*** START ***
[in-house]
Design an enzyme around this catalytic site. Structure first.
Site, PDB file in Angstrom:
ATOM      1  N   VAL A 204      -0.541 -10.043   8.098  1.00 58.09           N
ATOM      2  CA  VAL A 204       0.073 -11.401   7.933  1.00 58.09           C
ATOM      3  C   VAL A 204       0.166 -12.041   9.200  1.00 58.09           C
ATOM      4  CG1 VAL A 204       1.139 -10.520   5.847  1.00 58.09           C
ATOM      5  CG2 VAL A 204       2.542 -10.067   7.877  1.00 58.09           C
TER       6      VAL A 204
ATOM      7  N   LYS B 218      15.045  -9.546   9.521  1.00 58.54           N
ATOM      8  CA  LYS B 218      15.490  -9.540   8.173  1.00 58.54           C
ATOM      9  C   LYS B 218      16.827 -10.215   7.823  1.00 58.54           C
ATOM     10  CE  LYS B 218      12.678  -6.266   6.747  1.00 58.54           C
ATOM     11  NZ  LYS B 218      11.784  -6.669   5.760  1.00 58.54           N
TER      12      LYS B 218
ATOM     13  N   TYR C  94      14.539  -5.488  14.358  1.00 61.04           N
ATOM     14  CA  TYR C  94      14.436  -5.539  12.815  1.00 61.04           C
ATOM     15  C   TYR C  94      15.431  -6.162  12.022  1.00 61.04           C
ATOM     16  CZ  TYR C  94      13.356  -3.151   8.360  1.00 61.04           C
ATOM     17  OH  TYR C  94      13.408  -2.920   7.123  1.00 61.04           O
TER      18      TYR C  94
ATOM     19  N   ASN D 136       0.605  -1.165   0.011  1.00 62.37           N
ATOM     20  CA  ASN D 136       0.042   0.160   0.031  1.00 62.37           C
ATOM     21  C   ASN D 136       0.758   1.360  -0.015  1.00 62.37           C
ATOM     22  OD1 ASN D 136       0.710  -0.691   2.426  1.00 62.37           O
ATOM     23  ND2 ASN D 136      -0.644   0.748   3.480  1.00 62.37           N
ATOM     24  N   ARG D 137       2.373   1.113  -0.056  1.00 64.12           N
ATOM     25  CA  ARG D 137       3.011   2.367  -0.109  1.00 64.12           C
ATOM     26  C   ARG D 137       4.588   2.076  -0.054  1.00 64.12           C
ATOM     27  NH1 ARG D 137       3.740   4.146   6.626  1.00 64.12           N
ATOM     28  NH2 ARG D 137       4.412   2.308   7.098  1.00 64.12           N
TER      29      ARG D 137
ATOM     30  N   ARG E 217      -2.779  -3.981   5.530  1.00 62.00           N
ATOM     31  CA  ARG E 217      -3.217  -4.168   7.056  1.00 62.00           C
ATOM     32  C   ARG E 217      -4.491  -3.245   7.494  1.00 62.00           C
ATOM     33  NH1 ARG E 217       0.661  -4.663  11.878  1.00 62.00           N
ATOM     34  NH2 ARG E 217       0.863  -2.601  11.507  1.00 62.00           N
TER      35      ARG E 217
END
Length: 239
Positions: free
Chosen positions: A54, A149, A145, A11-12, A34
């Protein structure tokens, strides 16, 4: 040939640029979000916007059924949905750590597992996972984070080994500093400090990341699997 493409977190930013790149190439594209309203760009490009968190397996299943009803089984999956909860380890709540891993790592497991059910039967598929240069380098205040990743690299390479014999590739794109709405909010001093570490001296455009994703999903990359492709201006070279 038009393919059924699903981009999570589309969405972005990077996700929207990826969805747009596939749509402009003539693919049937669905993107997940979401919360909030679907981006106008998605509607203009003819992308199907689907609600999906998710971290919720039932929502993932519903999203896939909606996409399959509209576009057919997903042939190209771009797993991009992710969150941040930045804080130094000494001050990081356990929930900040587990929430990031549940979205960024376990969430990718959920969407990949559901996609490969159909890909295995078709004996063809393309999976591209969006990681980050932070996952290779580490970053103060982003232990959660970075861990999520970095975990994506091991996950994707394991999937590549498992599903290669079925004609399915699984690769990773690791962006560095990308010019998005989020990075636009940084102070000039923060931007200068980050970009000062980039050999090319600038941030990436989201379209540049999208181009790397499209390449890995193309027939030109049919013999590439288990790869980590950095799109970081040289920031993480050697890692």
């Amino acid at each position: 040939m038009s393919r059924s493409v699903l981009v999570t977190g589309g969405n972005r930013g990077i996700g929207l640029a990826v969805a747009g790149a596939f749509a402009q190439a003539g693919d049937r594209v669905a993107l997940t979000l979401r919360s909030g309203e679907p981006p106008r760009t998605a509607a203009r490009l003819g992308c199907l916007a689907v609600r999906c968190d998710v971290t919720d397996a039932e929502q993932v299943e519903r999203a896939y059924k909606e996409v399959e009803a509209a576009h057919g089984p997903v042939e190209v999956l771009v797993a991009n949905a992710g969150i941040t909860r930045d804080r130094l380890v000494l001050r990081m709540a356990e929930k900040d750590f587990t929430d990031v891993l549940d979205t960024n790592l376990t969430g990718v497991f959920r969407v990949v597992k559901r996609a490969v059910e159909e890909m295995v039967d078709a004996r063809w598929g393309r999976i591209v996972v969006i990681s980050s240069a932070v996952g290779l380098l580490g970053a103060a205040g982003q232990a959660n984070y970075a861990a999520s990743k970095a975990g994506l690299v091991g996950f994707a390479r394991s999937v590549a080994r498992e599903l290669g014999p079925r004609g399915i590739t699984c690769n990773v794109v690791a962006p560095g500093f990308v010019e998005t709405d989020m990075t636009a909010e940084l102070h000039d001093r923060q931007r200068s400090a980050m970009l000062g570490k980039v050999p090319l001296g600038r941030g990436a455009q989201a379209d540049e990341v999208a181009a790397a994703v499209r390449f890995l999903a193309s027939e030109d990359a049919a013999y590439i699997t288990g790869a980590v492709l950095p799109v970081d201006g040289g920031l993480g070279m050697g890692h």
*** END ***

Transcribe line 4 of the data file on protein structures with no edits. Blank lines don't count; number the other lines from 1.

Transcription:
ATOM      1  N   VAL A 204      -0.541 -10.043   8.098  1.00 58.09           N